Four Heavenly, Heart-Healthy Entrees

Warm heart and soul this Valentine's Day with easy-to-make entrees that are as good for you as they are delicious.

From the WebMD Archives

You love your family and friends, right? Show them how much by whipping up comfort food this winter that is as heart-healthy as it is delicious. You can start by trying our four fabulous entrées -- one for every week leading up to Valentine's Day. Extra bonus? They're easy to make and kid-friendly. Add a few healthy sides -- vegetables, a green salad, or whole grains -- and you've got an appetizing, nutritious dinner that will please the heart and soul of everyone you love. Be sure to check below for our guide to heart-healthy foods at the supermarket, too.

Winter Stew With Lean Beef, Beans, and Veggies

This beefy one-pot entrée is loaded with heart-friendly ingredients -- lean protein, veggies, and fiber --that fill you up and help maintain a healthy blood cholesterol level. Plus, simmering this stew on your stove will fill your house with heart-warming smells on a cold winter's night.

2 tsp canola oil, divided
1 cup frozen pearl onions
3 cloves garlic, minced
1 lb lean beef stew meat, cut into bite-size pieces
1 cup red wine (can substitute low-sodium beef broth or water)
1 15 oz can low-sodium kidney beans, rinsed and drained
1 15 oz can low-sodium black beans, rinsed and drained
1 15 oz can diced tomatoes, undrained
3 large carrots, cut into 1-inch pieces
3 celery stalks, cut into 1-inch pieces
2 cups low-sodium, low-fat beef broth
1 tbsp tomato paste
1 tsp chili powder
1 tsp dried thyme
½ tsp red pepper flakes
½ tsp black pepper
½ tsp salt
1 bay leaf

1. Preheat oven to 325°F.
2. Heat 1 tsp oil over medium-high heat in a heavy-bottom Dutch oven coated with cooking spray.
3. Sauté onions and garlic for 5 to 7 minutes or until browned. Remove from pan.
4. Add 1 tsp oil to pan; cook stew meat in pan without crowding for 6 to 8 minutes until browned; set aside meat.
5. Add wine to pan and bring to a boil, scraping any browned bits on bottom of pan.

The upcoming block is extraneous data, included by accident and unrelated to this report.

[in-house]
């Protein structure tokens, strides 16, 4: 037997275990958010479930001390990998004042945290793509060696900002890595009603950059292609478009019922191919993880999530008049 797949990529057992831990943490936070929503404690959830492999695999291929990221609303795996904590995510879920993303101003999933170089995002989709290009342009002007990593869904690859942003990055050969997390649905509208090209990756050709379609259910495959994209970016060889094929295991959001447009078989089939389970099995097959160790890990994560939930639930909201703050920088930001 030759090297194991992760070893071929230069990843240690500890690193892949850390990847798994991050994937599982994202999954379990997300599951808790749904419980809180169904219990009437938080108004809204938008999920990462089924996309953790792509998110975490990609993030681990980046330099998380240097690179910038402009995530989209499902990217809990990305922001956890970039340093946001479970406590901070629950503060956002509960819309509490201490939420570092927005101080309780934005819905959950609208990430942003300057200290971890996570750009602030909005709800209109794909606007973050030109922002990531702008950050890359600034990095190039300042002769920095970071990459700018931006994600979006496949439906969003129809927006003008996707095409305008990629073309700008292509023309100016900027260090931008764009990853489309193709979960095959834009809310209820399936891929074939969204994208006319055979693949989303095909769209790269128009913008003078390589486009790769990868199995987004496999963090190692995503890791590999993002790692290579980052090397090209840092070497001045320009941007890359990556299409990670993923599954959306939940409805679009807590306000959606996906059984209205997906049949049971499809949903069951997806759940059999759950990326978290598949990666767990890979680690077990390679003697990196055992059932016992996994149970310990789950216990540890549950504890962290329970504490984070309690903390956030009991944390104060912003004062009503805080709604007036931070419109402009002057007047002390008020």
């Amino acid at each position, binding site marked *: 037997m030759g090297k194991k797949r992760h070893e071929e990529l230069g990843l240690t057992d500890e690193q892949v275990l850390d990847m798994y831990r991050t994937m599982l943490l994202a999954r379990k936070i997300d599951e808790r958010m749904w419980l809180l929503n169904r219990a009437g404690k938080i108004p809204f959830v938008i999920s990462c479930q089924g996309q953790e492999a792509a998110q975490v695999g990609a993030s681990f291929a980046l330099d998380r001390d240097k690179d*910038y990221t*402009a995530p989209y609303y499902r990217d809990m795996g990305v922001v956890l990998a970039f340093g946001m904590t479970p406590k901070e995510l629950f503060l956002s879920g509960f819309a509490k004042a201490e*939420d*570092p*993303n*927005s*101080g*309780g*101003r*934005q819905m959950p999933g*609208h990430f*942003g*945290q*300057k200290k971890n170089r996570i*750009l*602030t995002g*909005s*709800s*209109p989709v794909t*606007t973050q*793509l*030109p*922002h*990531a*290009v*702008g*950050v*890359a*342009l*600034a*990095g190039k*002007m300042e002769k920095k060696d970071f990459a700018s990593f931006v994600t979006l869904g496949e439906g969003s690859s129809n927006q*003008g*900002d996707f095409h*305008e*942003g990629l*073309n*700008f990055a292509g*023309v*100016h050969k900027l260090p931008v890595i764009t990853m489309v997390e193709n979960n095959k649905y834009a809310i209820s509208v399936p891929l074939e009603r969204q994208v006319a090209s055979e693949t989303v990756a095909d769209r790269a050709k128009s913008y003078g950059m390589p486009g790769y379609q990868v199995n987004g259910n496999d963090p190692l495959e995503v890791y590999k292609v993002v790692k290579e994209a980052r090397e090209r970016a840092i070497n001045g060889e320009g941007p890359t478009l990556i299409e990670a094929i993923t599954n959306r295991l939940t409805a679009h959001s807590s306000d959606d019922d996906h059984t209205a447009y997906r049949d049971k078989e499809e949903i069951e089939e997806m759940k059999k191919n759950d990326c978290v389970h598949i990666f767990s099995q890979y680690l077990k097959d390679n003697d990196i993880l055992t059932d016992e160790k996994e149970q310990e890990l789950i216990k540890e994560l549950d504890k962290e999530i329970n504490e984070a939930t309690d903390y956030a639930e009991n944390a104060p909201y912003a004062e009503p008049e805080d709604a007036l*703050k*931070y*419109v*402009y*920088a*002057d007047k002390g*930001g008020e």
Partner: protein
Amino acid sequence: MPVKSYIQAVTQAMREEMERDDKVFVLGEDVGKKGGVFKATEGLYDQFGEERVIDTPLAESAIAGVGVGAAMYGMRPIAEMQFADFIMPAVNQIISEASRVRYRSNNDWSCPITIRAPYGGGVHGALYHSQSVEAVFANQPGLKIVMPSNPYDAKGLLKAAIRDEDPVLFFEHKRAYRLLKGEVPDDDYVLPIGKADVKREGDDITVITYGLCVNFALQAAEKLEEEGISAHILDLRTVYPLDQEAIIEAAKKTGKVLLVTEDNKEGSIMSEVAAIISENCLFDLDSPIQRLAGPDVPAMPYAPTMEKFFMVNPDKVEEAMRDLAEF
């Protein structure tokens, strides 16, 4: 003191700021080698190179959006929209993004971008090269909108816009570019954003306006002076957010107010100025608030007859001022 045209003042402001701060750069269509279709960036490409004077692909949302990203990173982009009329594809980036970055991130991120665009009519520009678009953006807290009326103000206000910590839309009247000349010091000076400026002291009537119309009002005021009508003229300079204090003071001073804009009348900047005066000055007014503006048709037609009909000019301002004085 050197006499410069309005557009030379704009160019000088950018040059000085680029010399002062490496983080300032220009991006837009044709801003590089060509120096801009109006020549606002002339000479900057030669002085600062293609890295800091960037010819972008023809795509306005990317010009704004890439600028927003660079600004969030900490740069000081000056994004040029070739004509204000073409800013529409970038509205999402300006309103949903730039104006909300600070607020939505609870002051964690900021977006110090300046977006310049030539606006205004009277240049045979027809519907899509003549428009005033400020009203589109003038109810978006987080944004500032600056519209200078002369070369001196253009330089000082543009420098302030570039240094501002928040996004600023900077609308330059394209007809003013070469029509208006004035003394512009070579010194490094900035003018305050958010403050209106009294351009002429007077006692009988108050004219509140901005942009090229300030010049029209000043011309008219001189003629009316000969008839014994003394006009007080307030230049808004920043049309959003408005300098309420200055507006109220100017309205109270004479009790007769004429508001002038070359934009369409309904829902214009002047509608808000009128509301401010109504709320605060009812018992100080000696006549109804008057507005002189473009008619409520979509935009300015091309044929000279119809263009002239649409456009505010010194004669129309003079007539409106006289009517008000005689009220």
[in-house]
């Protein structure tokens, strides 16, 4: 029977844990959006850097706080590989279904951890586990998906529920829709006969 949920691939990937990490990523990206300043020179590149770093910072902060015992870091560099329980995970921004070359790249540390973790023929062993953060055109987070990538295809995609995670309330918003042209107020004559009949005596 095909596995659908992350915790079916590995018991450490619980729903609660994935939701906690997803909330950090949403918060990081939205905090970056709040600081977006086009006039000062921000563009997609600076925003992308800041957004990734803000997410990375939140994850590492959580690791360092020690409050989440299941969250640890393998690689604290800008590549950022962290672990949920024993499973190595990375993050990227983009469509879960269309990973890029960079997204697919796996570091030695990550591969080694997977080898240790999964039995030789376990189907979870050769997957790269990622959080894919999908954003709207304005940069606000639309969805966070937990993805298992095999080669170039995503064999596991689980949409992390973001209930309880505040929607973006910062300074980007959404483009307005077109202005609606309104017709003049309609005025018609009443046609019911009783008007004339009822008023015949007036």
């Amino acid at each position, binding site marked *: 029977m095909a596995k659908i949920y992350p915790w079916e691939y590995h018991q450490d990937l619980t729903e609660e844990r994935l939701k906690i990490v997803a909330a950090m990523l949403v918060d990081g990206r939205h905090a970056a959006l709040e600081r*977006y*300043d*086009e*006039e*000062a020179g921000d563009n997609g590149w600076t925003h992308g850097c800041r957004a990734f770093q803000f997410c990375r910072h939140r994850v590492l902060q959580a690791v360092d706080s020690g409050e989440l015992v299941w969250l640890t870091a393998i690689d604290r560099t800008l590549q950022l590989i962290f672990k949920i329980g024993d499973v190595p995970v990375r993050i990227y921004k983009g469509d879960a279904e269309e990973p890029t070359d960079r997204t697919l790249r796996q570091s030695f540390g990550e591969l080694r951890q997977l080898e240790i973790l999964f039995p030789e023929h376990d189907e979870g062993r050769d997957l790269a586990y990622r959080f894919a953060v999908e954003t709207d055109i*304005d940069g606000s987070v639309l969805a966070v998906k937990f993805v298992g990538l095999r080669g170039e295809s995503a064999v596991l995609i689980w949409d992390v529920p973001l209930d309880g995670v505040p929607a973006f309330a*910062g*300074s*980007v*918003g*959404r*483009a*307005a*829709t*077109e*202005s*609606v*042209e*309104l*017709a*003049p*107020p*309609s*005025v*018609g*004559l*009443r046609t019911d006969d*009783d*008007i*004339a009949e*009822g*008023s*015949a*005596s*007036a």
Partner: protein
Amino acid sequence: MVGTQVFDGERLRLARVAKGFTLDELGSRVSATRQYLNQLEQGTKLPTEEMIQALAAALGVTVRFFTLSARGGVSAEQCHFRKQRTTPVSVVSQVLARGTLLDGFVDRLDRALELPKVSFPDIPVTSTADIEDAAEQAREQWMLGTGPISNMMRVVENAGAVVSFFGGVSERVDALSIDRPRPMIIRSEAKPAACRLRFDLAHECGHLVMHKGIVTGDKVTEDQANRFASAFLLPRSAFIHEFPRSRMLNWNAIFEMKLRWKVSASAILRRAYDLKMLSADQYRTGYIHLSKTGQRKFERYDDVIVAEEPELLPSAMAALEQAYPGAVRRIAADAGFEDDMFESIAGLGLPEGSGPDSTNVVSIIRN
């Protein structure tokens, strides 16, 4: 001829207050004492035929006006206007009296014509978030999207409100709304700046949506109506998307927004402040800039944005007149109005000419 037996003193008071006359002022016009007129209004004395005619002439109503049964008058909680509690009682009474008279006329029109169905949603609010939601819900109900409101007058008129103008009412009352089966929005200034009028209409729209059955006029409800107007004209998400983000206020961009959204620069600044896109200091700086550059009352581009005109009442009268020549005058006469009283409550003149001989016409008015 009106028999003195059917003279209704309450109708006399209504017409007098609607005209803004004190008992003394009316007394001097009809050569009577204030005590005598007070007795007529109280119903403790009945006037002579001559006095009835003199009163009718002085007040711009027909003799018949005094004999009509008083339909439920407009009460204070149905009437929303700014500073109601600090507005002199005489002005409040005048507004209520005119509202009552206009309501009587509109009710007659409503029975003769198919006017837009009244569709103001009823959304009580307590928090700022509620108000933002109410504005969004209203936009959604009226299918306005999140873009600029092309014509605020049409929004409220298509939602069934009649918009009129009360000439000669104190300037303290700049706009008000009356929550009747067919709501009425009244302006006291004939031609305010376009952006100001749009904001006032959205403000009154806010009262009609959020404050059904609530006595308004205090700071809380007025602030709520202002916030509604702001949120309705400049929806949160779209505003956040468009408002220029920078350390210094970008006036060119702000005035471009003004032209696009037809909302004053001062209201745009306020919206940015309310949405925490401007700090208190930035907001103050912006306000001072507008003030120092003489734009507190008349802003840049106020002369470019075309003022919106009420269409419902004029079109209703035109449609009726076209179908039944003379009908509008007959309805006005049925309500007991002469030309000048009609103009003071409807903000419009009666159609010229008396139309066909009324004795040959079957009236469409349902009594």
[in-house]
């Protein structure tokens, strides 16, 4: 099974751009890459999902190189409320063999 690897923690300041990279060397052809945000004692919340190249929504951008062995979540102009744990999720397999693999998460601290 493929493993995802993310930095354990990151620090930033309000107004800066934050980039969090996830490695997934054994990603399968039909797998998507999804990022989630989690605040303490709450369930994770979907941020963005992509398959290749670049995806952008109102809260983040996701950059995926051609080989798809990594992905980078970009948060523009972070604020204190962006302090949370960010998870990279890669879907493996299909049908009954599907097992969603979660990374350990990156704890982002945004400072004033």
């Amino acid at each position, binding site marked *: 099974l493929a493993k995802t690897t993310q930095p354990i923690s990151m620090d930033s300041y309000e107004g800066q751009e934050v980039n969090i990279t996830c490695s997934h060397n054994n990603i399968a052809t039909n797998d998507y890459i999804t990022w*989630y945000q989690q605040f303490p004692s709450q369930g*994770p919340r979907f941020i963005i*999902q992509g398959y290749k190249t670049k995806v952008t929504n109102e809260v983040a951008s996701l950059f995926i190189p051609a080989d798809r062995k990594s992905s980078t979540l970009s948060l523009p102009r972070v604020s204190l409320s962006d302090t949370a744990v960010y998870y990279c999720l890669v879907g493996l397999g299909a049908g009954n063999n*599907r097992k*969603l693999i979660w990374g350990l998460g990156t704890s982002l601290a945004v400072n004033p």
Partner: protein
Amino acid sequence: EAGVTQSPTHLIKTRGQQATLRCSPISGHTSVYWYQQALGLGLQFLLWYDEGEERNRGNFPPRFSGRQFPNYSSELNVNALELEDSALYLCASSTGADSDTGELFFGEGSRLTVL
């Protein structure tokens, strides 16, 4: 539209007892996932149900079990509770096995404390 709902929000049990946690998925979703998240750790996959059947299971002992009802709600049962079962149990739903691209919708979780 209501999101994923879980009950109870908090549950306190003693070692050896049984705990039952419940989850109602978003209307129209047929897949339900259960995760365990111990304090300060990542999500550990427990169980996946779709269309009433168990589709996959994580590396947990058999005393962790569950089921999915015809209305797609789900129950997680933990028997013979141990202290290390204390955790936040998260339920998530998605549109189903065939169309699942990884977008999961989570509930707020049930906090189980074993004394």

6. Stir in remaining ingredients, including meat, and bring to a low boil. Cover and bake stew in the preheated oven for 1.5 hours or until beef is fork tender. Remove bay leaf before serving.

Makes: 8 servings

Nutrition Information: Per serving: Calories: 255, 55 calories from fat; 6 g fat; 2 g saturated fat; 23 mg cholesterol; 346 mg sodium; 25 g carbohydrate; 6 g fiber; 20 g protein. Calories from fat: 21%.


Mediterranean Chicken With Artichokes, Sun-Dried Tomatoes, and Portabella

Mediterranean cuisine is one of the heart-healthiest in the world. That's because it's high in fruits, vegetables, whole grains, and monounsaturated fats (think olive oil), all of which help reduce LDL (or "bad") cholesterol -- and low in saturated fats, which help boost HDL (or "good") cholesterol levels. It's also a diet that celebrates love and connection: Mediterraneans often eat with friends and family, and social support may help protect against heart disease.

4 boneless, skinless chicken breasts
½ tsp salt
1 tsp olive oil
2 garlic cloves, minced
1 10 oz package baby portabella mushrooms, sliced
1 10 oz package frozen artichoke hearts, thawed
1/3 cup chopped sun-dried tomatoes
juice from ½ fresh lemon
1 tsp dried or 2 tbsp chopped fresh thyme

Heat a large nonstick skillet coated with cooking spray over medium heat.
Season chicken breasts with salt and pepper and place in skillet.
Sauté chicken breasts on each side until cooked, about 8 to 10 minutes.
Remove chicken and cover to keep warm.
Add oil to the skillet over medium heat and sauté garlic, 3 to 4 minutes or until sun-dried tomatoes are tender.
Add mushrooms, artichoke hearts, and sun-dried tomatoes, and sauté for 3 minutes.
Add lemon juice and thyme; continue cooking for 3 minutes.
Serve chicken breasts topped with mushroom-artichoke mixture.

Makes: 4 servings

Nutrition Information: Per serving: Calories: 194, 28 calories from fat; 3 g fat; 1 g saturated fat; 68 mg cholesterol; 386 mg sodium; 11 g carbohydrates; 4 g fiber; 31 g protein. Calories from fat: 14%.


Zucchini Spinach Vegetarian Lasagna

Can you have a cheesy, saucy lasagna and a heart-healthy meal, too? This low-fat vegetarian lasagna delivers on both. Boost its heart-health quotient by using whole-grain pasta; studies show that whole grains have nutrients that may reduce blood pressure and lower risk of stroke and heart disease.

2 cups part-skim ricotta cheese (can substitute low-fat creamed cottage cheese)